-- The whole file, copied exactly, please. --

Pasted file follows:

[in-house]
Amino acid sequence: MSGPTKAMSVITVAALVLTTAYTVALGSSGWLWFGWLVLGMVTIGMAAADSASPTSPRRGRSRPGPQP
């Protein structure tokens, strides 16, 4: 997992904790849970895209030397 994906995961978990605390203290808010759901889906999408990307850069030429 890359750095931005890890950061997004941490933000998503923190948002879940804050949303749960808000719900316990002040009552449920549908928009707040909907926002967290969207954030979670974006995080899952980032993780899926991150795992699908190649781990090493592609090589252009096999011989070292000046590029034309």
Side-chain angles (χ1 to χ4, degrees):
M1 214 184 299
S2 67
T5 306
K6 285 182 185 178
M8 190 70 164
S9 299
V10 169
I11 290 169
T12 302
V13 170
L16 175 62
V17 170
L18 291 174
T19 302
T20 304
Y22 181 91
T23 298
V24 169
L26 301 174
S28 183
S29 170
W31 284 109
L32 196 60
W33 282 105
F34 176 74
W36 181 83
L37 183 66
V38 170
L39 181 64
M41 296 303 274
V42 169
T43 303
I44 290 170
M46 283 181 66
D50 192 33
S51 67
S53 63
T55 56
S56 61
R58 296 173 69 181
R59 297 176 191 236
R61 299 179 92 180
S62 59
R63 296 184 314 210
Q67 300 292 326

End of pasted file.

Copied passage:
[in-house]
Amino acid sequence: MSGPTKAMSVITVAALVLTTAYTVALGSSGWLWFGWLVLGMVTIGMAAADSASPTSPRRGRSRPGPQP
């Protein structure tokens, strides 16, 4: 997992904790849970895209030397 994906995961978990605390203290808010759901889906999408990307850069030429 890359750095931005890890950061997004941490933000998503923190948002879940804050949303749960808000719900316990002040009552449920549908928009707040909907926002967290969207954030979670974006995080899952980032993780899926991150795992699908190649781990090493592609090589252009096999011989070292000046590029034309």
Side-chain angles (χ1 to χ4, degrees):
M1 214 184 299
S2 67
T5 306
K6 285 182 185 178
M8 190 70 164
S9 299
V10 169
I11 290 169
T12 302
V13 170
L16 175 62
V17 170
L18 291 174
T19 302
T20 304
Y22 181 91
T23 298
V24 169
L26 301 174
S28 183
S29 170
W31 284 109
L32 196 60
W33 282 105
F34 176 74
W36 181 83
L37 183 66
V38 170
L39 181 64
M41 296 303 274
V42 169
T43 303
I44 290 170
M46 283 181 66
D50 192 33
S51 67
S53 63
T55 56
S56 61
R58 296 173 69 181
R59 297 176 191 236
R61 299 179 92 180
S62 59
R63 296 184 314 210
Q67 300 292 326